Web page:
Returnees are 'seed capital' for startups
Updated: 2013-10-25 07:26
By Xie Yu in Suzhou, Jiangsu (China Daily USA)
Wen Xuejun's budding dream in the United States blossomed in China.
After staying in the US for 16 years, and holding an endowed chair professorship at Virginia Commonwealth University, Wen returned to China and set up Ryan Nanomedicine Co Ltd in Suzhou, East China's Jiangsu province.
"I have an ambition to transfer my achievements in the lab into useful medical products, and I chose to realize this ambition in China, after careful consideration," said Wen, who now serves as the company's president.
Wen is one of dozens of people who took part in the latest 1,000 Plan Entrepreneurship Competition in Suzhou. The contest is especially designed for experienced entrepreneurs who have an overseas background.
It's part of a project known as the One Thousand Talent Plan, which has been administered by the central government since 2008.
The program is China's most ambitious specialist recruitment program in recent years. It aims to attract top international specialists in fields such as science and technology, finance and corporate management to start companies in China.
For decades, going overseas for further study was a relatively rare opportunity, and a highly desirable move for bright and ambitious people. Many of them put down roots abroad, obtaining permanent residence and building a life in a new country.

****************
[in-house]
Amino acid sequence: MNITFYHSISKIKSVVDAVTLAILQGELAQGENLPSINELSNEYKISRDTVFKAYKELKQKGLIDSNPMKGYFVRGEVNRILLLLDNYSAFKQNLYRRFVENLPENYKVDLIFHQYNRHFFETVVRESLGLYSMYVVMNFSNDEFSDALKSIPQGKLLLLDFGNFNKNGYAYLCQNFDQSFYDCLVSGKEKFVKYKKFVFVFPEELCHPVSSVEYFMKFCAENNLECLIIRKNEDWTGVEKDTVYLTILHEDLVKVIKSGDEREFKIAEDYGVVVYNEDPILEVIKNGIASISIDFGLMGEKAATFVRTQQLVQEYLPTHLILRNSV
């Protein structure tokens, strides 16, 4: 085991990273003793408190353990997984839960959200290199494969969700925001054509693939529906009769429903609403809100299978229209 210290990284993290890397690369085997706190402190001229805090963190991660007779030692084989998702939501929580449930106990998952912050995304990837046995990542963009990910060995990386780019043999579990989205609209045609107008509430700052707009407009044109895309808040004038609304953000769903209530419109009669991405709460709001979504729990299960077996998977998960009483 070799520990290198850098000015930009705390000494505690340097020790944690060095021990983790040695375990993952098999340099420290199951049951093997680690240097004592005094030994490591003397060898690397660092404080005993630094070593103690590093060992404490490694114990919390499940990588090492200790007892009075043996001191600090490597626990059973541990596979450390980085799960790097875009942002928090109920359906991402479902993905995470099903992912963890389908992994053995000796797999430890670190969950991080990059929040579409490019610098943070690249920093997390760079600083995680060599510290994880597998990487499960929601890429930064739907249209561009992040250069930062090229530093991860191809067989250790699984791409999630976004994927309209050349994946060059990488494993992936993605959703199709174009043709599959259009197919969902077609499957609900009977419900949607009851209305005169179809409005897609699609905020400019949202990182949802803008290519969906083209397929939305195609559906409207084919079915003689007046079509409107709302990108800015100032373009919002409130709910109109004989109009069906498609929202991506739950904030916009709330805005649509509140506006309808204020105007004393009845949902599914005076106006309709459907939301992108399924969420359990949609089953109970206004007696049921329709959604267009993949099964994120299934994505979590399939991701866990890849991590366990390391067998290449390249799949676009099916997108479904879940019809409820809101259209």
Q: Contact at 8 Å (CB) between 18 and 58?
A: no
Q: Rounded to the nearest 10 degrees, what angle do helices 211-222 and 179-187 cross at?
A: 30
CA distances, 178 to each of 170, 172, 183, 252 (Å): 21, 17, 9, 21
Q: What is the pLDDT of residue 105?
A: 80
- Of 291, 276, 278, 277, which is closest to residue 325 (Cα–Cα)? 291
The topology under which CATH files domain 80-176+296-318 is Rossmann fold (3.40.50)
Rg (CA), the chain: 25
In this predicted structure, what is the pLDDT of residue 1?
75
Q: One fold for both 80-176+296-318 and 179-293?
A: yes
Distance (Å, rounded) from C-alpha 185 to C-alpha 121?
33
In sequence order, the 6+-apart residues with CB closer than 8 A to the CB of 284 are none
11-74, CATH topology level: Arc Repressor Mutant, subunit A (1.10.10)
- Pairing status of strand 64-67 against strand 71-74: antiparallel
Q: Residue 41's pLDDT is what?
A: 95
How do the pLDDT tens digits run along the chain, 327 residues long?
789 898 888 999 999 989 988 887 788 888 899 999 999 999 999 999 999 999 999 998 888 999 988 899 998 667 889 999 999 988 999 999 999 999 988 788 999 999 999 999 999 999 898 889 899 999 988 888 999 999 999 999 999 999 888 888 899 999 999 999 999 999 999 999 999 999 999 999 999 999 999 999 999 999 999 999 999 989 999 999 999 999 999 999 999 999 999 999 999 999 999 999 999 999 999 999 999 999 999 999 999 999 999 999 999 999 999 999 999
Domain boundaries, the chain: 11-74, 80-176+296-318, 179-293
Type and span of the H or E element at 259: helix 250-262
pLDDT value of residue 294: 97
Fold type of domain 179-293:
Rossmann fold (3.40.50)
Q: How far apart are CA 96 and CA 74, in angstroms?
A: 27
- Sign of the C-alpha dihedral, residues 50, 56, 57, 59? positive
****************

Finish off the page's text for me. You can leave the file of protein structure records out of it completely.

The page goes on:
But studying abroad is becoming easier for ordinary people, and more graduates - as well as established professionals - are thinking of coming back to China, with its fast-growing economy that has become the world's second largest.
For Wen, who had an established career and a family in the US, the biggest attraction of China was strong financial support.
After winning the championship, he received 10 million yuan ($1.6 million) in strategic funding from venture capital investors, as well as 300,000 yuan in prize money.
Wen's lab in the US mastered a core technology to make collagen-coated medical catheters, which are more resistant to bacteria and cost less.
But the cost of commercializing the technology in the US would have been too high, Wen said.
The US Food and Drug Administration certification process is an expensive and complicated procedure, and hiring a team for the project would have cost at least 1 million yuan a year.
"However, I am much more familiar with the certification process in China, although the paperwork is much more time-consuming. What's more, human resources are cheaper," Wen said.
Poon Hak Fei had a similar experience. He joined Nanosolar in Silicon Valley in California after getting his doctorate in chemical engineering at Princeton University. He then co-founded an energy storage solution startup, but he still chose to set up his first wholly owned company in Suzhou.
"To be fair, the working and living environment is very nice in the States, as well as the pay. But I do not want to miss the market opportunities in China," he said.
Poon set up a company to make conductive nanofilm last January, with $2.2 million in strategic investment from Northern Light Venture Capital. He said he expects the company to be profitable by the end of 2013.
"The logic is to make world-class products at a lower cost in China. Meanwhile, the local government is quite efficient, and the managers from the venture capital company are very helpful," he added. He added that a cluster of nanotechnology companies has formed in the Yangtze River Delta region, which is another plus.
Talk about China losing its labor advantage is widespread these days. According to a recent report by the Boston Consulting Group, "Made in America, Again", the cost advantage China has over the US is shrinking fast.